Buying a TV has become a complicated process. Perhaps back in the day, it was as simple as running to the store, getting one, plugging it to your antenna and voila! You’ve got yourself a running Television. However, times have changed since then. Today, when you run to the store to get yourself a TV, there are dozens of factors that you have to take into consideration:
Flatscreen or Curved display? What’s the right size and dimensions that would fit your needs? Should it be a Smart TV? What are the additional features that you need? 4K Ultra HD? Surround Sound Speakers? Sound Bars? How many HDMI ports do you really need?
When purchasing a flatscreen TV, another essential that you need to buy is the wall mount. A TV wall mount is not an optional accessory that you can opt not to get. Due to thinner screens, the majority of flatscreen TVs cannot stand on their own. At the same time, wall mounts give homeowners more space as they do not require a TV table, unlike old TVs.
This will, however, entail another bout of discussions for wall mounts like what’s the best tv wall mount for plaster walls? Can your walls sustain the weight of a TV? Where will you place your wall mount? And what’s your budget for this? Choosing the best TV wall mount is crucial to optimizing your watching experience.
Here I have listed down some of the common types of TV wall mounts and its pros and cons.
Fixed TV Wall Mount
A Fixed TV Wall Mount is the simplest option. This type of wall mount is the cheapest among its peers and also has the shortest installation time of all. It is comparably quick to install as these low-priced wall brackets just need to be drilled into a section of your house.
However, there is a catch. Once attached, you cannot adjust or move the bracket at all. Fixed TV wall mounts do not allow any adjusting which may hamper your watching experience. If you choose to go with this type, make sure that you carefully and extensively measure the position of your TV. The height and angle of the screen will play a huge factor as to whether you will enjoy your nightly ritual of watching football or not. Another disadvantage of a fixed TV wall mount is that adding or removing an HDMI cable will require you to remove the TV from the wall bracket.
Tilting TV Wall Mount
For an additional amount, you can get a tilting TV wall mount instead. Tilting wall brackets are a sure upgrade from a fixed TV wall mount. A tilting bracket allows its users to adjust the screen angle from 5 to 15 degrees vertically. This makes for a much better watching experience. Not everyone has the same height when seated so finding the optimal angle every time you sit down to watch is necessary.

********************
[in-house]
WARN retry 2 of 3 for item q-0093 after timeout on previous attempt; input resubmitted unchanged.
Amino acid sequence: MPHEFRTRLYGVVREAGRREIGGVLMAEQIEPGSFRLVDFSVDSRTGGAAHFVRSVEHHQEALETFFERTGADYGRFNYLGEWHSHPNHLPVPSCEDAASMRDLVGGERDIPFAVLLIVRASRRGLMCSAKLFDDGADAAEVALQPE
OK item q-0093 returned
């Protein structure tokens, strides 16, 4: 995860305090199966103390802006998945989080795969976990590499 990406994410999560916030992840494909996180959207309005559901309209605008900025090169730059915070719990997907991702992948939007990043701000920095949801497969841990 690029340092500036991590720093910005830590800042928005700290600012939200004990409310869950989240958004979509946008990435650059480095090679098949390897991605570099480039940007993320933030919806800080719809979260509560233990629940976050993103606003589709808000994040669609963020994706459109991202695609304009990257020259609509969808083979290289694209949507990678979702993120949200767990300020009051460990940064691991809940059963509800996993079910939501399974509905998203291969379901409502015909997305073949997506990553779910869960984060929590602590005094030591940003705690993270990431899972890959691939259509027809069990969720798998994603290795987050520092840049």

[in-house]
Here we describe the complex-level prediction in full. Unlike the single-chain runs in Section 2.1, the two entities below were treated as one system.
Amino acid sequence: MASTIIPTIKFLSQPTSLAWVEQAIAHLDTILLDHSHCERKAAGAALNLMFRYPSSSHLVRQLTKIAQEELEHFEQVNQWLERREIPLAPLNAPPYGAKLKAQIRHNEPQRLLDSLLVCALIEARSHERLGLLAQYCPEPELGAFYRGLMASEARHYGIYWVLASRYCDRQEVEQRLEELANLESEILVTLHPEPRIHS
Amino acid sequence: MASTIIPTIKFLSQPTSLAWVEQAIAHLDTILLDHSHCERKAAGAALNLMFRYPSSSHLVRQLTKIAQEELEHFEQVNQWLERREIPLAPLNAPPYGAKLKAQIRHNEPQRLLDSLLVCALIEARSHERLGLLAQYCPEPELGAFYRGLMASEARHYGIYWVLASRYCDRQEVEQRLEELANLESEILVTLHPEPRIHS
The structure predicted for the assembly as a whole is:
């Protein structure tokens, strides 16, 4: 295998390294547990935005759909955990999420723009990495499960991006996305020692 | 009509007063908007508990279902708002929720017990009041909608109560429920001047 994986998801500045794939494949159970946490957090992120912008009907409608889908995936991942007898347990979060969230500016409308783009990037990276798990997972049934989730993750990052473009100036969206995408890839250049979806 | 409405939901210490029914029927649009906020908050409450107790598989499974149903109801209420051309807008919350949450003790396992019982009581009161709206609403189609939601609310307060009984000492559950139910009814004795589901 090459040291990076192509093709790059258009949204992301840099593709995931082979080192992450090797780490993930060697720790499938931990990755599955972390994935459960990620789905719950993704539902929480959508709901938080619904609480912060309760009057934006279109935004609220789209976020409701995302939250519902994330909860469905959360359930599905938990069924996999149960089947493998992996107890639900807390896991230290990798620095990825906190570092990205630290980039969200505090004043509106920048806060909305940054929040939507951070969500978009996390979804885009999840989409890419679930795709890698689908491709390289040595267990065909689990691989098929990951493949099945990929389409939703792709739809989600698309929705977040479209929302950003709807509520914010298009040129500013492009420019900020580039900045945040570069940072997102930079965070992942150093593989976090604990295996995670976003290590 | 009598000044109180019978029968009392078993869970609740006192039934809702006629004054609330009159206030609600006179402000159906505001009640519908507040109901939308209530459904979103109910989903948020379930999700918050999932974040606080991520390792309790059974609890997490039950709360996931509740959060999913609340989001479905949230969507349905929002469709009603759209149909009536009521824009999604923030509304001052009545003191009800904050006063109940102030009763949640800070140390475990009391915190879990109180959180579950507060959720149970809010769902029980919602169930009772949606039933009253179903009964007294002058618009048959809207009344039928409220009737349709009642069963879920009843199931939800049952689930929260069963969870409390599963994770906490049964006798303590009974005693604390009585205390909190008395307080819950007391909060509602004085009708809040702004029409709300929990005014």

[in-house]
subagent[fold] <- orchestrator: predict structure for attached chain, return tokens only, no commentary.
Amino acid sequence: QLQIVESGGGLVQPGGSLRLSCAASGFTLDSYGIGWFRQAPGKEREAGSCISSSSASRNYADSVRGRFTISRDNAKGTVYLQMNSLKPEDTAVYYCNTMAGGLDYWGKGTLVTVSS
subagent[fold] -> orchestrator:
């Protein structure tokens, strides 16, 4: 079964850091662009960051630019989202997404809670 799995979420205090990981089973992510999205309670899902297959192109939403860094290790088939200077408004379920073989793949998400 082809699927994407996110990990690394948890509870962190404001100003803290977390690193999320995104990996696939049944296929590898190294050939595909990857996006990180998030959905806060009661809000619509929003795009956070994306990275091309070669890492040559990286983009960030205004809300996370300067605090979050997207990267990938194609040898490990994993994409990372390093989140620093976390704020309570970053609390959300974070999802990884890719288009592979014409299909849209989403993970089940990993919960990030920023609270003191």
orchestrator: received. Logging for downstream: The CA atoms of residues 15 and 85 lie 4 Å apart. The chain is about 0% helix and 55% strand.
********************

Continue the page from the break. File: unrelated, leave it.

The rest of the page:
There is one catch to a tilting bracket though. It does not have the capability to move horizontally.
Full Motion TV Wall Mount
A full-motion TV wall mount offers full flexibility for your TV angle. Because of its range, it has also been called as an Extending Arm and Swivel. You can have it anchored in one side of the wall and have its swivelling arm extend outwards, offering you a better angle wherever you are positioned.
With the full-motion TV wall mount, you can adjust your TV depending on your watching position. You can take a seat, slouch, or even lie down and it wouldn’t be a problem. This wall mount is the one that adjusts instead of you giving up comfort for a better watching angle.
Of course, there is still a catch to this option. A full-motion TV wall mount is considerably pricier than the regular wall mounts and bracket. It is a small price to pay though for total control of your viewing experience. Arranging your cables will also be a much easier process.
If your walls are flimsy and are not made of sturdy material, then there is, of course, the option of mounting your TV on a tabletop, counter, a shelf, etc. By using a TV stand, you do not have to do any drilling or installing. If you live in a rented space where you can’t drill or stick stuff into your walls, a TV stand is a perfect solution.
Unfortunately, a TV stand has a lot of disadvantages. It takes up a lot of space, especially if you have to bring in an extra table for your TV. At the same time, if you have kids, a TV that’s not fixed to the wall can prove to be quite problematic. People can bump into your table or counter and knock the TV over.